Living in California, Youmans is

Phillip Youmans

  • Words Sharine Taylor
  • Photography Justin Chung
  • Styling Marquise Miller

The 20-year-old director talks to Sharine Taylor about walking the tightrope between teen prodigy and award-winning filmmaker.

Issue 36

,

Films

  • Words Sharine Taylor
  • Photography Justin Chung
  • Styling Marquise Miller

1. Burning Cane began as a short script written during Youmans’ junior year of high school. After financing principal photography with savings and crowdfunding, he contacted Beasts of the Southern Wild director Benh Zeitlin for assistance turning it into a feature.

2. Youmans’ previous directorial projects include Nairobi (2019), a short film made with Saint Heron—Solange Knowles’ creative agency—about a West African family’s immigration to New York.

NOTES

If Phillip Youmans had to describe the past few years in one word, he’d choose “blooming.” “It really does feel like a period of tremendous emotional, personal and creative growth,” he says, speaking on the phone from his current base in LA. That’s to be expected from someone with Youman’s CV: Last year he became the Tribeca Film Festival’s youngest featured director and the first African American to receive the revered Founders Award with his debut, Burning Cane—a startling accomplishment for someone who, at the time the film was produced, was in their final year of high school.1

Burning Cane is a visually poetic character study of how a mother, her son and their pastor navigate personal demons against the backdrop of Louisiana’s rural Baptist church. The film neither condemns nor shames faith but rather interrogates how it functions—and sometimes falters—in the lives of its parishioners, a question that loomed large for Youmans throughout his childhood in New Orleans.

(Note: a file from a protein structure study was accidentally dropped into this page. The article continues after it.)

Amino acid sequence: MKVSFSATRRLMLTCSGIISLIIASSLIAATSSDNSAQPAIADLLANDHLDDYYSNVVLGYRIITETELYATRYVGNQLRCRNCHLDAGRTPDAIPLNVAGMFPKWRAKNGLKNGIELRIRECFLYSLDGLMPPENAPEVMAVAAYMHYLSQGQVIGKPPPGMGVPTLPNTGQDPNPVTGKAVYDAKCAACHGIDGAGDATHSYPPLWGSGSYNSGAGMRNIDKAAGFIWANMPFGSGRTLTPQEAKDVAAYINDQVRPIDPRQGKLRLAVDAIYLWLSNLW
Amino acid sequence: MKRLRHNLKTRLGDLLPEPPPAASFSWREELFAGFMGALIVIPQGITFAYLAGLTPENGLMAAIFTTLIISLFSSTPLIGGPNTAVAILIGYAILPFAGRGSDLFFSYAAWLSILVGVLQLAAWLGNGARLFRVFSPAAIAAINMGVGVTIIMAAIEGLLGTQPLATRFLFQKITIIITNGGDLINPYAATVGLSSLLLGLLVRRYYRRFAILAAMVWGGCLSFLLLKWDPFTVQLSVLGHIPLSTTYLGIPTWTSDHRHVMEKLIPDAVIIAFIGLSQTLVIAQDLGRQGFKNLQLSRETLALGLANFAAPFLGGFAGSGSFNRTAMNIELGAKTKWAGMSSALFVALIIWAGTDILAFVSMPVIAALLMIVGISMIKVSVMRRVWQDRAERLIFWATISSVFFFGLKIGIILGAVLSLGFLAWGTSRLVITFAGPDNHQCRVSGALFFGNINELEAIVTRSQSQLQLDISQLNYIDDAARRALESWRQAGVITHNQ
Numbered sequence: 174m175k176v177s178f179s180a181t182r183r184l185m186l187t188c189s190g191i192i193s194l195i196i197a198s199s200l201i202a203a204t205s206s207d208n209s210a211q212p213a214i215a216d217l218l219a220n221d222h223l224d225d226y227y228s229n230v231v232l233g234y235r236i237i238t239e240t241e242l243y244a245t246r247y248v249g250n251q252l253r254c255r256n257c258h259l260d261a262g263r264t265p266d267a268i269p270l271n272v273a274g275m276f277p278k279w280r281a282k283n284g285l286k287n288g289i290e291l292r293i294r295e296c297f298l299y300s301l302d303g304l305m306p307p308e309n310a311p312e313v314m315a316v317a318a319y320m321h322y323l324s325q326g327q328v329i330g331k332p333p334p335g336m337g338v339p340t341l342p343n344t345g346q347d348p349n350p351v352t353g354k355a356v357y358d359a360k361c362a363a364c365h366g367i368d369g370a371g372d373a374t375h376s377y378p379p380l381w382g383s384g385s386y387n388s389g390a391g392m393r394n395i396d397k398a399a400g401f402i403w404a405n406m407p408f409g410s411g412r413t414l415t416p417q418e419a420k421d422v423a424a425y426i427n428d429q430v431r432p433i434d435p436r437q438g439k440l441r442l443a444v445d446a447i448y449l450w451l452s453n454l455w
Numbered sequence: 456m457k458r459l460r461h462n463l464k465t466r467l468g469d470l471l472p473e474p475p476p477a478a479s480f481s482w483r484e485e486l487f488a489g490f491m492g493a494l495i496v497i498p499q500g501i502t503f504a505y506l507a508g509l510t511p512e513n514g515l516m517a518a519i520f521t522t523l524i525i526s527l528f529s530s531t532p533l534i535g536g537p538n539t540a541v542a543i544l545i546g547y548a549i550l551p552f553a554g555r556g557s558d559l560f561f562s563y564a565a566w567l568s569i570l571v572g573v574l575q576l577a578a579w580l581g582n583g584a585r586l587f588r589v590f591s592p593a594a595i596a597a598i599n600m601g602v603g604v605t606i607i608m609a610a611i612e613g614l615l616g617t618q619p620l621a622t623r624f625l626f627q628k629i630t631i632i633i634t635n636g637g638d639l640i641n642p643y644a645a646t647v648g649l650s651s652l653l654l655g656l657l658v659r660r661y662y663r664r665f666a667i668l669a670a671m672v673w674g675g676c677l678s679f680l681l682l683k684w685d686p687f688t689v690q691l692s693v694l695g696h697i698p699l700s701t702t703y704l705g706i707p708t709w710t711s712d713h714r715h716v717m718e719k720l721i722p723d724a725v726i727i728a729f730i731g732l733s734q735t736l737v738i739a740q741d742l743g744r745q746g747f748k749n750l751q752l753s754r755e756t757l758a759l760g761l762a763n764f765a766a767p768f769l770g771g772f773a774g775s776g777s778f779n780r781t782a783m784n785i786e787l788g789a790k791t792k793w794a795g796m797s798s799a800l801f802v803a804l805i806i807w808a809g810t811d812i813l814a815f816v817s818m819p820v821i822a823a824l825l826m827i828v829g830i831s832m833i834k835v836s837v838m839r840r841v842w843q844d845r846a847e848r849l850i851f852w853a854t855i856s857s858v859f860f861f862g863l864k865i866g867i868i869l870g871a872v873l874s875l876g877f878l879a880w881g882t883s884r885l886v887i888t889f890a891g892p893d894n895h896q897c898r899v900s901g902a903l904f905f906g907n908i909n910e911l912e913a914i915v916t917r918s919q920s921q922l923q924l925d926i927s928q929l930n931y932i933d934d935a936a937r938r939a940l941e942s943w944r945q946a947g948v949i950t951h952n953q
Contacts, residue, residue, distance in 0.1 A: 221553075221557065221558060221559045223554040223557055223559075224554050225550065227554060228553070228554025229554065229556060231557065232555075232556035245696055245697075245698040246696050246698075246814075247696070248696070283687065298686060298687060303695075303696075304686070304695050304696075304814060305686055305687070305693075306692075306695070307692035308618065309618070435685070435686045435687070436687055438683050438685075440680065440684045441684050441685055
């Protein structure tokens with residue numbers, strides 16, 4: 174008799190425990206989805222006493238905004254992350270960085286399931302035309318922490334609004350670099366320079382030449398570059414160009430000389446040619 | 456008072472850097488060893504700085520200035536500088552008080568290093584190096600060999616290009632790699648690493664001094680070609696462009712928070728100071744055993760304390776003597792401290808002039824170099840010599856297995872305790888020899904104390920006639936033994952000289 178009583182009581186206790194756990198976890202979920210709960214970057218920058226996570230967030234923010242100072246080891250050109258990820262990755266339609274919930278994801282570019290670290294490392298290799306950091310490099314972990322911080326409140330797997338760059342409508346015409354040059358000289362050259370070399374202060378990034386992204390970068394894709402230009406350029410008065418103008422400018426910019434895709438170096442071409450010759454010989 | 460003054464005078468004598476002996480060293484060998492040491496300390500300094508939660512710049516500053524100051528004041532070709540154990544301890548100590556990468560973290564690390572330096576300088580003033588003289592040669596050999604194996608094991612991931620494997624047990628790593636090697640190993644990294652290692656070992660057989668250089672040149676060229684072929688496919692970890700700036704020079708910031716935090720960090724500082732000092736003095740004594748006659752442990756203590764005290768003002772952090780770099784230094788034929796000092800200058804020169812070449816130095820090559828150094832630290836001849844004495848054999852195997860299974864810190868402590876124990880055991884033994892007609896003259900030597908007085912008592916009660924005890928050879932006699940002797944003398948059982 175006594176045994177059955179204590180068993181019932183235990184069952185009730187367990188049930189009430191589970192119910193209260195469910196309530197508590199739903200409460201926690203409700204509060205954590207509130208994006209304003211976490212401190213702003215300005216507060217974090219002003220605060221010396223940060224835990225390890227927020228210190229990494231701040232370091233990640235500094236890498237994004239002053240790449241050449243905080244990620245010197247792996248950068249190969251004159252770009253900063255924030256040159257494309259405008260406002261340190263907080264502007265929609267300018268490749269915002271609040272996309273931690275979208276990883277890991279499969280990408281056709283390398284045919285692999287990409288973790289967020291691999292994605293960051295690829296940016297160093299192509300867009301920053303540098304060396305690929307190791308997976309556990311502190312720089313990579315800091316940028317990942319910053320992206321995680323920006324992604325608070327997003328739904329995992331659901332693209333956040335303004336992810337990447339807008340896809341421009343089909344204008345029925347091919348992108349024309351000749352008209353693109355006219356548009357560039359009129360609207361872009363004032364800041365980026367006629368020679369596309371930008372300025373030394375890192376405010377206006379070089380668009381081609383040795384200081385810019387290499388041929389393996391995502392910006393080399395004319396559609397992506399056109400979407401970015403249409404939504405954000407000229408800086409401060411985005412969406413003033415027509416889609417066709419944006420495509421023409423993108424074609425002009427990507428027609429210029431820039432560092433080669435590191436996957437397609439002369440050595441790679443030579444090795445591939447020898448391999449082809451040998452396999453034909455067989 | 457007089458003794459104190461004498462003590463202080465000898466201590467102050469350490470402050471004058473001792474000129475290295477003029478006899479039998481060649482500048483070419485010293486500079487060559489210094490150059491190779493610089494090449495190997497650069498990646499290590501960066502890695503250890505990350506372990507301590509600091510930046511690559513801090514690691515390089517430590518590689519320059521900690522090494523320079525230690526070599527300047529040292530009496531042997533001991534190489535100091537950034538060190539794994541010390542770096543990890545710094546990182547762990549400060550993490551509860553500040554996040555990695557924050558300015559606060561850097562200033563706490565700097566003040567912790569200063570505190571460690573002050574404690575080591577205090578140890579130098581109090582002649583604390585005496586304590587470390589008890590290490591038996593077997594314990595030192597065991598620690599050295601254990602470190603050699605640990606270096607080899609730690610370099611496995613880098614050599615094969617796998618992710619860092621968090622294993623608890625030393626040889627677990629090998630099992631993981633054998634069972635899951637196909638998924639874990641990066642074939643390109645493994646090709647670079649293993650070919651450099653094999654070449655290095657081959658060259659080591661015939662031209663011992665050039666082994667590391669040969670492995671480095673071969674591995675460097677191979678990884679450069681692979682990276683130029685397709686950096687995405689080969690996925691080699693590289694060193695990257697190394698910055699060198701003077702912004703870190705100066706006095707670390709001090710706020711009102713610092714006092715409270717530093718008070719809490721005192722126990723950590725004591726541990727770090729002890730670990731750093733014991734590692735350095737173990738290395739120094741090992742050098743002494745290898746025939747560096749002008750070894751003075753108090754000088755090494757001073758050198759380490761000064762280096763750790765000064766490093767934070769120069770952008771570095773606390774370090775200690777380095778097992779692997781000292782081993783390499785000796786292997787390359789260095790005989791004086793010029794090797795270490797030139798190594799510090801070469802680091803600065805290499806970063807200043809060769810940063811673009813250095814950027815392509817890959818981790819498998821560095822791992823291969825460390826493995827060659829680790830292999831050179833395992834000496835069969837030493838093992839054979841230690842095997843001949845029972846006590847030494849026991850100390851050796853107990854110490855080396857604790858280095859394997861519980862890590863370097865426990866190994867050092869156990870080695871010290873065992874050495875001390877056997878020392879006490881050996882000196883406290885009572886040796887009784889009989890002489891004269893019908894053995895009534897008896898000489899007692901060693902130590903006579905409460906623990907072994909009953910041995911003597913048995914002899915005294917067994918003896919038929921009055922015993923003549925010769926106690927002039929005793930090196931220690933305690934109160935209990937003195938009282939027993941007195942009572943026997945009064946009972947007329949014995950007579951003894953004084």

Youmans is enrolled in NYU’s film and television program and, while he says he still has his student ID in his wallet, he’s pressed pause on his studies for now to pursue opportunities in LA. “I was staying in class more for what my family would think as opposed to what I thought, and that’s really not a way to live,” he says. “I don’t see school, or a return to school, being part of the equation any time soon.”

You acted before deciding to direct. Was there a moment that gave you the push that you needed to make the switch?
It was a combination of things. The biggest was that I felt like a lot of the creative control I was interested in was on the other side of the camera. By being a director, I could have more control over my career. I’ve been writing plays since I was a kid, and I was acting in theater before I went into small roles in films, so I’ve always been fascinated by storytelling in general.2